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RFID and the Printing Industry

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Presentation on theme: "RFID and the Printing Industry"— Presentation transcript:

1 RFID and the Printing Industry
A ten year view Dr Peter Harrop IDTechEx Phone

2 IDTechEx is an independent strategic analyst on RFID, smart labels, smart packaging and printed electronics. Our core services provide: Consultancy Publications Conferences Clients include: Hewlett Packard Shell Oil Rexam Whirlpool Europe Guinness UDV Thin Film Electronics Schiphol Airport Major Japanese computer, printing and packaging companies Independent market and technology research reports covering RFID, printed electronics & smart packaging topics Smart Labels Analyst – monthly. Printed Electronics Review World’s largest RFID case study knowledgebase-1800 Global Conferences: USA, Europe and Asia RFID Smart Labels Printed Electronics Smart Packaging Active RFID

3 What is RFID? Radio Frequency Identification is the electronic reading of data on small objects called tags using radio frequencies or thereabouts Compared to barcodes, magnetic stripes, print etc, RFID has few problems of orientation, obscuration or reading many at a time. It is also useful for other tasks. RFID is an enabling technology

4 Reader sends signal and “reads” response
RFID System Basics Tag Reader sends signal and “reads” response For range of more than a few meters, the tag may have a battery in it = “active”

5 Cumulative sales in millions of tags 1943- start of 2006

6 Evolution of RFID applications
Item level postal, retail, drugs etc in very high volumes

7 Possible sales in 2006 Application Number million Why Drugs item level
Pfizer, GSK anticounterfeit …. Library, laundry, apparel 80 1-2 year payback: cost, service Pallets/ cases 500 $0.09 billion Big problems but will save cost/ improve service Cards 285 $0.63 billion China national ID: financial, security, transport Tickets/ secure documents 25 Portugal, Japan: security, speed Air baggage 85 Las Vegas, Hong Kong: cost, service, security Livestock 100 $0.2 billion New laws: safety, cost Car clickers 46 Consumer demand Passports 10 New laws: security Other 131 Manufacture, health, vehicle etc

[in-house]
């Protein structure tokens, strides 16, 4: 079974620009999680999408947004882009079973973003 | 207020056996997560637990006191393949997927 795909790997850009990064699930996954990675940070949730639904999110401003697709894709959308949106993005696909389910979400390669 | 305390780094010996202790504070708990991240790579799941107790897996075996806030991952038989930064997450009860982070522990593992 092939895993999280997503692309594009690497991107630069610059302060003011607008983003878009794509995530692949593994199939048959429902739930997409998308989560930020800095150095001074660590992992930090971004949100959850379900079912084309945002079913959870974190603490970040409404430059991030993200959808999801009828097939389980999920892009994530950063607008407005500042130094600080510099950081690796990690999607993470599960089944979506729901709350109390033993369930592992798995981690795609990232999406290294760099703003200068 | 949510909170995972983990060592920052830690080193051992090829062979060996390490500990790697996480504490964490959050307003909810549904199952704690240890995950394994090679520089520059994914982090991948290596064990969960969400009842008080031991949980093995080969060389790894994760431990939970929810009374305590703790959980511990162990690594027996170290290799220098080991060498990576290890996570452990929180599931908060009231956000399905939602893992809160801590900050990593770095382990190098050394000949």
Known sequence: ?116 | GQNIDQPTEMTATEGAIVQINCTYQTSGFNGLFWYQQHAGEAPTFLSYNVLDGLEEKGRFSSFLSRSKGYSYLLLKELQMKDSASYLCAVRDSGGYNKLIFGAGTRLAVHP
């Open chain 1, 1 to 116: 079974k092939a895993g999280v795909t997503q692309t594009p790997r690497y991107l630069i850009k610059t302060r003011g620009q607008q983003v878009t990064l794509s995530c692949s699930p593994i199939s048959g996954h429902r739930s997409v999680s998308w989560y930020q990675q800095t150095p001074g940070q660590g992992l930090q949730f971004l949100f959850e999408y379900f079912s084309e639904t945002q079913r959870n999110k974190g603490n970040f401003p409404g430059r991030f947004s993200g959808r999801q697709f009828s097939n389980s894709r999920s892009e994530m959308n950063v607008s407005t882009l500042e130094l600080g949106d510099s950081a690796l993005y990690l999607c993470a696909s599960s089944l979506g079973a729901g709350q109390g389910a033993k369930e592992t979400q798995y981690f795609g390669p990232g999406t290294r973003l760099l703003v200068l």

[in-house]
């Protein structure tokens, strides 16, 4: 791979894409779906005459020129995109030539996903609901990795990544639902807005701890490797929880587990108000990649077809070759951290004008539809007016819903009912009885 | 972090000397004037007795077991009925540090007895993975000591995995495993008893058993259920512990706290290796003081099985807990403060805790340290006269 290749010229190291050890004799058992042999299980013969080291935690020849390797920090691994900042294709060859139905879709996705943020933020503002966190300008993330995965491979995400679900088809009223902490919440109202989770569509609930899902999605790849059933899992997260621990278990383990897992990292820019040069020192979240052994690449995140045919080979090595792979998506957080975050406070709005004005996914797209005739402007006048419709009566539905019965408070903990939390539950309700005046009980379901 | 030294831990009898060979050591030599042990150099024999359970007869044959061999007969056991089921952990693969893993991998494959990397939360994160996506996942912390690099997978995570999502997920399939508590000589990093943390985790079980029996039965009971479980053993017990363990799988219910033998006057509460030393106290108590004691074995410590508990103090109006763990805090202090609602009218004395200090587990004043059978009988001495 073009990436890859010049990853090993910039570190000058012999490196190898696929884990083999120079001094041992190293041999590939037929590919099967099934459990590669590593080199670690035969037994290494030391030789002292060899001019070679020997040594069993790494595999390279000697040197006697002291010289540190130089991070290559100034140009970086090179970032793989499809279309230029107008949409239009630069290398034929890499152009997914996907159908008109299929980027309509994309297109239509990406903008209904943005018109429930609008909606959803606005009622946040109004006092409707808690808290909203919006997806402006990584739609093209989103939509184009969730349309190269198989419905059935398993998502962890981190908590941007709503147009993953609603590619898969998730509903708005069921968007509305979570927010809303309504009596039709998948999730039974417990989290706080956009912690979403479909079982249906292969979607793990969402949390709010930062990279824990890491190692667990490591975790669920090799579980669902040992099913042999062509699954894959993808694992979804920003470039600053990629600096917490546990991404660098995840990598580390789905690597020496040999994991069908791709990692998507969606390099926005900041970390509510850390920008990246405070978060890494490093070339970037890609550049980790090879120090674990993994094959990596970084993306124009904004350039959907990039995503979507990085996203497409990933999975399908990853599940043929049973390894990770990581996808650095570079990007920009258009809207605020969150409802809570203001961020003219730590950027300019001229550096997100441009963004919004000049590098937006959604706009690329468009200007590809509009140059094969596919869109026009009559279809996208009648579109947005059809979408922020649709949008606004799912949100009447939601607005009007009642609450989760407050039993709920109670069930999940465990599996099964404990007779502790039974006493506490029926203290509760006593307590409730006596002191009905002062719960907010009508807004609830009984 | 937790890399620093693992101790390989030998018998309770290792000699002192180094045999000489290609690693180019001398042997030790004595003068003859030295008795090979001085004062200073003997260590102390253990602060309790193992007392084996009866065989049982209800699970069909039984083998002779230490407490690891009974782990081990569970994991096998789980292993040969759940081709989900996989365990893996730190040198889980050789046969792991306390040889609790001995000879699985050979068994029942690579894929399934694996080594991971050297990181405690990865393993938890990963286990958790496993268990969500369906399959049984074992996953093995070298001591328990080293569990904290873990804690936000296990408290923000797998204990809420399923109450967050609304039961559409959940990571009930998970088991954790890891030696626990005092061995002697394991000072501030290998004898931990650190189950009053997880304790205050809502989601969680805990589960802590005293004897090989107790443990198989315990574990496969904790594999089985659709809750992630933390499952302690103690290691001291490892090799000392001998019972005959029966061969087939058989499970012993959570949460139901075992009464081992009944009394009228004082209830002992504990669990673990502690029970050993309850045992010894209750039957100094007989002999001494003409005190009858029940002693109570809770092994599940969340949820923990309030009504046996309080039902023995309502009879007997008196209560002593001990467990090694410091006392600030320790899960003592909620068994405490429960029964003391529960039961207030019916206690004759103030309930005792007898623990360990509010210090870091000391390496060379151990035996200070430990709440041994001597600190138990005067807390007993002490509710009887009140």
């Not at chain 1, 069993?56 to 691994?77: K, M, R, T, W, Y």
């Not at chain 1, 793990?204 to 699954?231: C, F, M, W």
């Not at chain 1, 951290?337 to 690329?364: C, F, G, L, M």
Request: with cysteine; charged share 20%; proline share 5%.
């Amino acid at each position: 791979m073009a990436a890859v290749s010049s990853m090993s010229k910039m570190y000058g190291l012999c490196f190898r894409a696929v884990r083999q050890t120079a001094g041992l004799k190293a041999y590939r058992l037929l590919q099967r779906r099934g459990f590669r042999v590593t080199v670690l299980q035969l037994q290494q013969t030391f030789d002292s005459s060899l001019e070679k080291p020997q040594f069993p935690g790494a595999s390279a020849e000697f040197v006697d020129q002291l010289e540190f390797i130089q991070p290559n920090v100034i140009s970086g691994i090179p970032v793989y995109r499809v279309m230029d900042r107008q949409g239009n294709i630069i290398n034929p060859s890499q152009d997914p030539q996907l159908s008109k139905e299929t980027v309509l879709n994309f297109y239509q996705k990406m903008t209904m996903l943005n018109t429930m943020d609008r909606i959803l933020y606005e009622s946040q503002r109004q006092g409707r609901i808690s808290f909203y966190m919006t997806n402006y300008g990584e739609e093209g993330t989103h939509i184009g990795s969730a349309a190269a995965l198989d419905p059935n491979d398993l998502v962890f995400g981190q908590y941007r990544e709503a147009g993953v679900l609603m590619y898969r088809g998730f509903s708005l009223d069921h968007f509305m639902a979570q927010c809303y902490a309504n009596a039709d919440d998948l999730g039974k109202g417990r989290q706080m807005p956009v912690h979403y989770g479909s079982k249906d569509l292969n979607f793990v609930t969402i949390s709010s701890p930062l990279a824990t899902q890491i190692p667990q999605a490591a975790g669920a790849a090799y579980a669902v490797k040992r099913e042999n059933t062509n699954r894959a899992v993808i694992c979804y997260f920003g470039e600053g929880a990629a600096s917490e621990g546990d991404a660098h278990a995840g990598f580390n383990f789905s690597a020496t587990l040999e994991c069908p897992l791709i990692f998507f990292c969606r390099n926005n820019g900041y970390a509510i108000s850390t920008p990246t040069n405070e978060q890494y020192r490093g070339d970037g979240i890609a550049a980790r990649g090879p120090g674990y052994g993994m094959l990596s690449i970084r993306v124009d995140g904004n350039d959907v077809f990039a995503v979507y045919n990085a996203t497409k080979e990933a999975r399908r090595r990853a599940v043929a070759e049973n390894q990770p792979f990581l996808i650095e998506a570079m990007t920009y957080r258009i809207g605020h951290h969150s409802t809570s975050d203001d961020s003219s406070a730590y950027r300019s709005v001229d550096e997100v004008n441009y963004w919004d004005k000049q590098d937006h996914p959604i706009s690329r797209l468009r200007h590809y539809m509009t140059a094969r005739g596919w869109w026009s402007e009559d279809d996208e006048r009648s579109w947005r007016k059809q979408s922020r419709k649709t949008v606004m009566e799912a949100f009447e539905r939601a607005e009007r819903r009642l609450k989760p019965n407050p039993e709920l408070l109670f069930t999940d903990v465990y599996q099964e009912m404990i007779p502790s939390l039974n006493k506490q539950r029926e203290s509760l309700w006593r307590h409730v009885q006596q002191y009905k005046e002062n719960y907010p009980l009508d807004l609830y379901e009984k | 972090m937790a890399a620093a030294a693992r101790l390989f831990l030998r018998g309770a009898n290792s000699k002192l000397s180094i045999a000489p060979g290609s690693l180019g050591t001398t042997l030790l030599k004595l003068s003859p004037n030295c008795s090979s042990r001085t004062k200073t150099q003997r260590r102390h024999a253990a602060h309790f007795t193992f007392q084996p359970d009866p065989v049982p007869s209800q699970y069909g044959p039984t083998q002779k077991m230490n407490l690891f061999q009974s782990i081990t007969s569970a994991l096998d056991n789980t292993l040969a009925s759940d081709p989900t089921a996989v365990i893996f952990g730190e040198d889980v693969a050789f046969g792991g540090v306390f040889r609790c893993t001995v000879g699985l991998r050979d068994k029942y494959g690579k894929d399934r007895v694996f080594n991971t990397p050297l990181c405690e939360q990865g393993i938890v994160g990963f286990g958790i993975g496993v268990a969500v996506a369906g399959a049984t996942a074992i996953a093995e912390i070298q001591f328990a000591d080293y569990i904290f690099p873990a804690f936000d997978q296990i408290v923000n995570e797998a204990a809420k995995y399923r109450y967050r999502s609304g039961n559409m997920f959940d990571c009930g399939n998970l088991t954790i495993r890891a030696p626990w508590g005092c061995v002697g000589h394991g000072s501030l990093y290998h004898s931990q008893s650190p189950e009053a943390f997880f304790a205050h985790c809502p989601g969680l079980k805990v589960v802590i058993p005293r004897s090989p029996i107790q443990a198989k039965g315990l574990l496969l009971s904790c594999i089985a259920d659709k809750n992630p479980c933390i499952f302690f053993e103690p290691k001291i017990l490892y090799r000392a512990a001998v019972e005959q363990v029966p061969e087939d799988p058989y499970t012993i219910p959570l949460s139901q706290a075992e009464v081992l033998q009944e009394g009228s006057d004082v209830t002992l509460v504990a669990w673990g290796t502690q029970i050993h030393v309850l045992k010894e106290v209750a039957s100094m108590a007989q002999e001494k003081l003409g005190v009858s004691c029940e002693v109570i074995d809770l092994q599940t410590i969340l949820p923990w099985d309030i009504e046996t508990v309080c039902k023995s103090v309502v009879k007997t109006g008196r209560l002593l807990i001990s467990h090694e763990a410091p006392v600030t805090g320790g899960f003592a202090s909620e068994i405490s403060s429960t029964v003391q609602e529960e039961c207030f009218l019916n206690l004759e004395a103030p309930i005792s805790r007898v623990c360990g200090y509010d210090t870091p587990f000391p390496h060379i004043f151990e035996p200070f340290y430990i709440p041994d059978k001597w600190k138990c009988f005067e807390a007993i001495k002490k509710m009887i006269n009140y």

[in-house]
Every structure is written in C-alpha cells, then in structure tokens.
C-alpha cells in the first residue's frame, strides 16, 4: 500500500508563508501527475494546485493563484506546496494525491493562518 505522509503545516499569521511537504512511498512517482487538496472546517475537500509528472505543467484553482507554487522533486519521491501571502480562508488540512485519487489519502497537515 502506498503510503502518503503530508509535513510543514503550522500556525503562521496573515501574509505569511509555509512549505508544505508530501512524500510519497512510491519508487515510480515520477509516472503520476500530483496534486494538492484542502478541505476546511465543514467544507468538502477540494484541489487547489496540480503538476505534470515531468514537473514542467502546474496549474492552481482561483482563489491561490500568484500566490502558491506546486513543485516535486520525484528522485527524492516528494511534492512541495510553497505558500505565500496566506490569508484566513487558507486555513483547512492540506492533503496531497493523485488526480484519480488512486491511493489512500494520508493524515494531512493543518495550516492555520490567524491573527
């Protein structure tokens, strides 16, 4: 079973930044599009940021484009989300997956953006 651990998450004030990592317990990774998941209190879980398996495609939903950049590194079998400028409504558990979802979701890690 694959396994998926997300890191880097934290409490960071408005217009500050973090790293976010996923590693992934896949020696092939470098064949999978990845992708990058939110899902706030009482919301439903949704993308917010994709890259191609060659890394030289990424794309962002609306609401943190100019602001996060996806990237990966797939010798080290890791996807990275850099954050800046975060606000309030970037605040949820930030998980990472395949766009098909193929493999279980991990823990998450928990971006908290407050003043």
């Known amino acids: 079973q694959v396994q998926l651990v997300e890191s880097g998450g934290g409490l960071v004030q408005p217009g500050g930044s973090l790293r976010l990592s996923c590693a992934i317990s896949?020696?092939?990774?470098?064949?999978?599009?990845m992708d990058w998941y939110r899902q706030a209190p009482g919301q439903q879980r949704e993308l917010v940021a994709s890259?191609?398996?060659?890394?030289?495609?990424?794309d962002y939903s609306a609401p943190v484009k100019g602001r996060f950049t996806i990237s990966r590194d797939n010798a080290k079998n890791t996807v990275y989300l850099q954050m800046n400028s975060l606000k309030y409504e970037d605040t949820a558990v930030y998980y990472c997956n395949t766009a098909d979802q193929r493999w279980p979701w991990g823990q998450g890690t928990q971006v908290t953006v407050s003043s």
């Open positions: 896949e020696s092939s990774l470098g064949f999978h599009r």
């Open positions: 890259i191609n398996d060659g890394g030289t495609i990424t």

8 RFID tag numbers Mainly apparel drugs postal retail

9 RFID “Other” tag numbers

10 Global Potential (Billion/Year)
A few examples of RFID tag potential Global Potential (Billion/Year) RFID Leadership Library 0.1 Singapore Museums, art galleries 0.1 Europe National ID cards 0.1 China Laundry 1 Europe Animals 1 Thailand, S America, US, Eur. Tires Europe Military items 2 US Blood 2 Europe/US Archiving paperwork 2 US Air baggage 2 US, China Air freight 2 US Drugs US Pallets, cases 40 US, Europe Books 50 Japan Postal 650 Europe Retail items 10,000 Europe/Japan/US ITEM LEVEL IN RED

11 Passive RFID Examples

12 Passive RFID – largest item level application in retailing is apparel
Marks & Spencer, UK Tokyo Shirt Japan Liti, Japan Goldwin Sportswear, Italy Metro Germany (trials only) DHL Fashion France

13 Many large niche markets for RFID
RFID + GSM Press the button and the incident is recorded centrally with ID and alarm Active with passive RFID Locating children in theme parks and sending messages Some use RFID + Bluetooth or WiFi

14 More roads have tolling
Reader deployment – open flow traffic at LAX airport

15 Monitors blood samples, foods, drugs
RFID labels with sensing KSW Microtec RFID tag with printed paper battery and temperature sensing MHz, range one meter $1-2 Infratab $0.45? Partly screen printed Monitors blood samples, foods, drugs

16 Applications of Low Cost RFID
Logistics Security Safety Traceability / product recall Anti-counterfeiting Proof of ownership Product handshaking Carrying information around Transactions Positioning / locating Amusement – toys Brand enhancement Diagnostics Often more than one application: 20% of applications replace nothing e.g. car clicker, talking drugs, Star Wars toy…

17 The Electronic Product Code (EPC) System – unique ID of vast numbers of things, interrogated over the internet EPCglobal: Managed by GS1 Standardisation of EPC tag types and common infrastructure Over 550 sponsor companies RFID Tagged Products, Cases or Pallets

18 Smart Shelves A smart shelf system for DVDs in a Tesco supermarket in the UK that has increased sales by 4% due to reducing stockouts

19 Main Uses of Low Cost RFID
2006 Secure access/financial Transport Supply chain Yearly: 1.3 billion 2016 Supply chain Security Transport Yearly: 593 billion Starting to be printed directly onto packages and products for highest volumes – no need for a label?

20 The peak in numbers is later